back to article Orca Security tells AWS fail tale with a happy ending

Two serious security vulnerabilities were recently found in AWS services, but because they were responsibly reported and the cloud biz responded quickly, no harm appears to have been done. On Thursday, Orca Security published details about Superglue and BreakingFormation, vulnerabilities in AWS Glue and AWS Cloud Formation …

  1. Clausewitz 4.0


    Makes me laugh to compare a BILLION-DOLLAR company security rapidness with an underpaid OpenSource developer.

    1. W.S.Gosset

      Re: Incentives



  2. Anonymous Coward
    Anonymous Coward

    Prior art?

    "It might be fairer to say that AWS, and hopefully other public cloud providers, have a greater incentive to respond immediately to security reports than operating system vendors or volunteer open source project maintainers."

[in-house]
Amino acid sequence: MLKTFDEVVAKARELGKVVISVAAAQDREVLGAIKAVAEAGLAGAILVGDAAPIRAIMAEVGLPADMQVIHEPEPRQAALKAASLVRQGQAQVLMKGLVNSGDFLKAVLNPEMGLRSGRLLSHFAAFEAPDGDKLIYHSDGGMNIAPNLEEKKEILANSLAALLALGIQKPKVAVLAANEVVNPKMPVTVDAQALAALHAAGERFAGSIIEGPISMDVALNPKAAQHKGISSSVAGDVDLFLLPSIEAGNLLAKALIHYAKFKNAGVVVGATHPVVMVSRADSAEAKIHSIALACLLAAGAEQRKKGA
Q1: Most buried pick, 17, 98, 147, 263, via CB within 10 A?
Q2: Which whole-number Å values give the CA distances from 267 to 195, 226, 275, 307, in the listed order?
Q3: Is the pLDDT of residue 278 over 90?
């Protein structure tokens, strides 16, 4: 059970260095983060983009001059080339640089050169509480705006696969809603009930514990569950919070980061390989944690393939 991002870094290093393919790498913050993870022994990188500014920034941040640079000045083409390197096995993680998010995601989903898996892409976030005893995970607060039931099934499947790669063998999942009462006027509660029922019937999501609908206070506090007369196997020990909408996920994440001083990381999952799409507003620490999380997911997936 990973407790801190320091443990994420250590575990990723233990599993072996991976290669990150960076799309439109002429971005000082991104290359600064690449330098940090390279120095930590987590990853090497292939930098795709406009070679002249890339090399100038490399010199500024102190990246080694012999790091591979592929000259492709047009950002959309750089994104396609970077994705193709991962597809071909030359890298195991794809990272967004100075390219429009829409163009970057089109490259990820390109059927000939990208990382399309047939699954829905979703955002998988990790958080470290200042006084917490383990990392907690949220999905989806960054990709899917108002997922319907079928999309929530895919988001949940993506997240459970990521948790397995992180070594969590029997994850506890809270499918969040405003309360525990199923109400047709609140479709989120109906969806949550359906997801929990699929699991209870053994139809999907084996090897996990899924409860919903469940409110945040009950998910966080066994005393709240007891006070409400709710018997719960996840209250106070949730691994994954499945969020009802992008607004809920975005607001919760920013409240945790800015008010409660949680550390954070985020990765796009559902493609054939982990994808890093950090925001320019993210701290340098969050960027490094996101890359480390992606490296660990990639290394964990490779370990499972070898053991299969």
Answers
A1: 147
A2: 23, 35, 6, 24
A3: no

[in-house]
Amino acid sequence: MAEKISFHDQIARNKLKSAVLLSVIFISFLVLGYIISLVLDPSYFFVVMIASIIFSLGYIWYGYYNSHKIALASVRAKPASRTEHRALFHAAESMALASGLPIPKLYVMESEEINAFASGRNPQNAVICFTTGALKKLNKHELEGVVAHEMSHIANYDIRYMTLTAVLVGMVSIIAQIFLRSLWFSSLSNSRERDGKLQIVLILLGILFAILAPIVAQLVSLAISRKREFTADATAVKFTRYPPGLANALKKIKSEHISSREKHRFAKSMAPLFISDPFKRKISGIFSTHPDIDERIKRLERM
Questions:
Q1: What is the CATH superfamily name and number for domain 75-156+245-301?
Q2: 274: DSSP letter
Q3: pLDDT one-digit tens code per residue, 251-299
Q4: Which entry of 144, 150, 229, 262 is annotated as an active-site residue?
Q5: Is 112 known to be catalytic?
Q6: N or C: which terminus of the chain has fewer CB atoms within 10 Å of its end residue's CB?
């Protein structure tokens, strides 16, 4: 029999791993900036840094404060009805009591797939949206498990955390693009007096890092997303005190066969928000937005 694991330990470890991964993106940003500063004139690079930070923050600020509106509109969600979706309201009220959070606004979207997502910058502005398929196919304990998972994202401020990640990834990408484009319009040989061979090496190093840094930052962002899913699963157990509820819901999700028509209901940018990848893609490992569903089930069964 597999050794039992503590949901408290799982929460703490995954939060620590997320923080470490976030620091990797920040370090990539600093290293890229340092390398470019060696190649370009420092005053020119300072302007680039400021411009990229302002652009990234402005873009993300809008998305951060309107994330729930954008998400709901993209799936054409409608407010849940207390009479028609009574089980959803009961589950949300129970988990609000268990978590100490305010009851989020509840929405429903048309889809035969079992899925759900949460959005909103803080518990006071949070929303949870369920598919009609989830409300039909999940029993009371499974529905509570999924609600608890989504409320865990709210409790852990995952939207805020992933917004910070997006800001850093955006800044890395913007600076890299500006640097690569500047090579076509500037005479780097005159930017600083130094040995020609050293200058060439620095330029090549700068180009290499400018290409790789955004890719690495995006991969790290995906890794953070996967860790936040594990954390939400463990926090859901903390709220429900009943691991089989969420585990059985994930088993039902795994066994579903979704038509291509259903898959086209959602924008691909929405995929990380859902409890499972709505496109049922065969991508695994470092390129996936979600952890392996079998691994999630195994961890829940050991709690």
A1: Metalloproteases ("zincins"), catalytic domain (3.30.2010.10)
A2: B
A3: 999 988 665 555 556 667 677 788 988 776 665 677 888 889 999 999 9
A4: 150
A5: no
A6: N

Yes, I'm sure that in the future the near-monopolists will be quick to deal with any issues in their systems. Just ask the company that no-one was ever fired for choosing...

    (Possibly a little unfair - AWS have much greater visibility than TCTNOOWEFFC had in its day)

  3. tip pc Silver badge

    the problem with sharing someone else's computer

    its someone else's computer and we are all hoping that they have configured it correctly and that no one, not even the actual owner, can read our stuff or access our configs.

    it should be clear by now that the only way to ensure that the systems are configured correctly and other customers can't access our accounts/configs/data is to have our own private facilities with our own private compute our own engineers ensuring integrity & our own security monitoring and reacting to threats.

    Cloud is great for those that can't afford to do all the constituent pieces, its not so great for those with enough interesting information that should not be hosted on shared infratructure.

    1. Peter-Waterman1

      Re: the problem with sharing someone else's computer

      All this reminds me of when people used to argue that VMWare was useful but shouldn’t be used in production.

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